We have a written a separate post on benedict’s test along with its procedure, principle, precautions and reagents etc. You should read it to perform this test.
4. Barfoed’s Test:
This test is to rule out monosaccharides from disaccharides and polysaccharides. Means if you have an unknown solution and you have already done moslisch’s test, it means that the solution contains carbs. After this if you have done benedict’s test it and it contains reducing sugars than it means the solution could contain monosaccharides or some disaccharides like maltose or lastose.
So after performing barfoard’s test, if it is positive it means that your unknow solutions contains monosaccharides.
Monosaccharides react fast and precipitate forms within 7 minutes. So if precipitate forms within seven minutes, it means that the solution contains monosaccharides.
I have written a separate post on barfoed’s test in which its principle, reagents, precudure, precautions and results are given. You can click the link above to read it there.
5. Saliwanoff’s Test:
After performing barfeod’s test if it is positive and you have sure that you solution contain monosaccharides, you can further investigate to find which monosaccharide is it.
In case of saliwanoff’s test, it would tell you whether your solution contains fructose or not. If this test is positive, it means there is keto sugar present in your solution.
So if you have positive barfoed’s test and also positive saliwanoff’s test, it means that the unknown solutions contains fructose.
And if you have negative barfoed’s test and positive saliwanoff’s test, it means that the unknown solution that you have will contain sucrose.
If you are interested to learn how to perform saliwanoff test, read our separate post on that.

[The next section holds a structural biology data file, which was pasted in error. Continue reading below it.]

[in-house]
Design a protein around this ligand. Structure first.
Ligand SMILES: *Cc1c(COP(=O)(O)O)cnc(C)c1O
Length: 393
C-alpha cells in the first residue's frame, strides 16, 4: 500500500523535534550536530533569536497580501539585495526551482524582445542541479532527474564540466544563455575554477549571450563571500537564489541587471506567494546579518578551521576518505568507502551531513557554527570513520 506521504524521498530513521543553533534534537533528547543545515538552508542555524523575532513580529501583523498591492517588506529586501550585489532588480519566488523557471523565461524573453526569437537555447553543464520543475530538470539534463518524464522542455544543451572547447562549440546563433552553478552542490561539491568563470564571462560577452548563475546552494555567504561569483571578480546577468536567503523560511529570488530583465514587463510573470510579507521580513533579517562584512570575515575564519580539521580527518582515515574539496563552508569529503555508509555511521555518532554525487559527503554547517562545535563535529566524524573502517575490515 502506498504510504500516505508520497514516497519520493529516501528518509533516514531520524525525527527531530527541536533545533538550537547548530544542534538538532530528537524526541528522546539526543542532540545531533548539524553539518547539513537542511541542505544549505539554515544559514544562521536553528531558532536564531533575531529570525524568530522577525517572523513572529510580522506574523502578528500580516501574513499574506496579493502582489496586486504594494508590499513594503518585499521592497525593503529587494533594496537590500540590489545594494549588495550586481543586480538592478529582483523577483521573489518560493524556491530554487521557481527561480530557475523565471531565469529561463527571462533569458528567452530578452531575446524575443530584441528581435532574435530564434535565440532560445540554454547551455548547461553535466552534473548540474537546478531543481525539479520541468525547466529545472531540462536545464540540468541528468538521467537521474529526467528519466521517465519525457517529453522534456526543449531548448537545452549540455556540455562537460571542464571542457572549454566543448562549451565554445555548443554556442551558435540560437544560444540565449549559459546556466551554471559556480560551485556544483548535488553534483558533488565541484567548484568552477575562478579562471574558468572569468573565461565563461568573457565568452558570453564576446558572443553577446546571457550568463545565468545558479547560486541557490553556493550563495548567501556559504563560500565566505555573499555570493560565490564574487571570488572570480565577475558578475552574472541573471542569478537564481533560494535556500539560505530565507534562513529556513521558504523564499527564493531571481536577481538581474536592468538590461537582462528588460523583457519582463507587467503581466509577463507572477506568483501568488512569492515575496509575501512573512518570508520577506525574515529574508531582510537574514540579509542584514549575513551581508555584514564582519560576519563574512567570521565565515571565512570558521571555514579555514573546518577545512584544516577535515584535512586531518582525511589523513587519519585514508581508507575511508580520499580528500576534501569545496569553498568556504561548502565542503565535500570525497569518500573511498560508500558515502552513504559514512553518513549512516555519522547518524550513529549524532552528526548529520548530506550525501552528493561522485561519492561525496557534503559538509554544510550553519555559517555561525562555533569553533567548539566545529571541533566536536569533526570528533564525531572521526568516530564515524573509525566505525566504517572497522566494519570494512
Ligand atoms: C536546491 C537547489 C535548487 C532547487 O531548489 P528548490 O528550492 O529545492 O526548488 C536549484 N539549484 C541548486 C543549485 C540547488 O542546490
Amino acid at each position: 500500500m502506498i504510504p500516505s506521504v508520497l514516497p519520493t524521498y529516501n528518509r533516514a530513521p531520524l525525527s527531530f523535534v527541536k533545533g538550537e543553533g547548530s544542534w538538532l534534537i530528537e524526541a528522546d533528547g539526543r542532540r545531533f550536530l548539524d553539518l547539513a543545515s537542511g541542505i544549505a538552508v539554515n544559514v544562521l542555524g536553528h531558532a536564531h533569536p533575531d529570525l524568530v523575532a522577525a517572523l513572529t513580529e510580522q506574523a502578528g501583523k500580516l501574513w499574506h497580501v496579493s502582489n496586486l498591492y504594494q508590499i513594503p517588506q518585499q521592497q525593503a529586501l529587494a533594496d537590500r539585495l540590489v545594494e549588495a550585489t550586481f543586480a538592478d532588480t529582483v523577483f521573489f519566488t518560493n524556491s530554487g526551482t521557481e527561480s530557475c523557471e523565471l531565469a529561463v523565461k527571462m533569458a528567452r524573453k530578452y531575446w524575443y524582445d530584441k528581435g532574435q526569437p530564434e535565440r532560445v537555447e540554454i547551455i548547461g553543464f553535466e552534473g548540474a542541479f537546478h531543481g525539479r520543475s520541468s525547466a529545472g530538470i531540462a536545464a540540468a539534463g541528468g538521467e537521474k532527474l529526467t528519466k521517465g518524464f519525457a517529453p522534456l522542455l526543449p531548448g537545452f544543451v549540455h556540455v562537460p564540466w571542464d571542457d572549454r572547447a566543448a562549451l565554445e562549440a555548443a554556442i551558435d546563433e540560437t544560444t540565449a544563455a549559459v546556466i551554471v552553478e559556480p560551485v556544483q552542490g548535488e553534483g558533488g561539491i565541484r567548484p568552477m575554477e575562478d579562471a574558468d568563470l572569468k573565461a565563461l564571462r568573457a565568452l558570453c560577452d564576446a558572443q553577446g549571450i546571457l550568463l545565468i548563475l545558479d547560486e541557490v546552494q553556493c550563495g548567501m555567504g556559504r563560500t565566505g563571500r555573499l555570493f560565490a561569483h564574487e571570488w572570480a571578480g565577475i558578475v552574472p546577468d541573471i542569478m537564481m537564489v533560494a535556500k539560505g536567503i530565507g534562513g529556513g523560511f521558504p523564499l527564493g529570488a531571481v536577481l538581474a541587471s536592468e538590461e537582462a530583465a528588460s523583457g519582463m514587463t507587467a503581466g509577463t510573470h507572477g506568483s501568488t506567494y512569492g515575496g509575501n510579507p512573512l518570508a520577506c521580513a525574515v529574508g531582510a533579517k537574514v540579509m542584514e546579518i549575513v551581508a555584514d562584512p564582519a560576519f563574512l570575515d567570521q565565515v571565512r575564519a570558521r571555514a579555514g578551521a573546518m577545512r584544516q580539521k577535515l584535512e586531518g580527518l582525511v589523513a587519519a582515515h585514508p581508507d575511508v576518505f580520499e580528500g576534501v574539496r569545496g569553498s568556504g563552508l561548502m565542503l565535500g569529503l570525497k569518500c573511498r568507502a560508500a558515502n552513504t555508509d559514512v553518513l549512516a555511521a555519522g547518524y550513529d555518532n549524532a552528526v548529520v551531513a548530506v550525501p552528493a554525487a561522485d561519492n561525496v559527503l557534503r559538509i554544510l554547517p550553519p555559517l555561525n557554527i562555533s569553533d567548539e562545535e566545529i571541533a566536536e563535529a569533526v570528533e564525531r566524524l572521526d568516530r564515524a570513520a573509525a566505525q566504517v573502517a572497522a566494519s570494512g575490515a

6. Bail’s Test:
It is another test to find whether a monosaccharide contain pentose sugar or hexose sugar. If you have a positive Barfoed’s test, means if you know that the unkown solution contains monosaccharides, you can further investigate to find whether that monosaccharide is pentose or hexose. For this you would have to perform bail’s test.
We have written a detailed post on Bail’s test and its principle and procedure etc. To learn more about it in depth read that post.
7. Iodine Test:
If barfoed’s reagent react very slow or not at all it means that the sugar contained in an unknown solution is polysaccharide. Now if you want to further investigate that which polysaccharide is present in it, you can do so by performing Iodine Test. This test is positive for starch, means that you can detect the presence of starch using this simple test.
You can read in detail about the principle, reagents, procedure and precautions of Iodine Test here.
8. Osazone Test:
Now this test is one of the most important test. The reason is that it can tell you about a lot of sugars in just one test.
You can know whether the solution contains glucose, fructose and mannose because all of them give needle shape osazone crystals. Same is the case with lactose, which produce mushroom shaped crystals and Flower-shaped crystals are produced by maltose.
It means that different sugars give different shape of crystals which can be seen under microscope.
Qualitative Analysis of Carbohydrates pdf:
If you want to learn about carbs qualitative analysis from an article that is in pdf format, you can do so by downloading the pdf copy below.
irra libranda says
hello, can I ask for reference book where I can find this one , Im a student and I am having a scientifc paper and I have difficulty to find a literature cited abut this topic. thank you
i have learned these things from a local practical book and that is not available in pdf format…if you found any book which contains these tests then let me know i would find and share.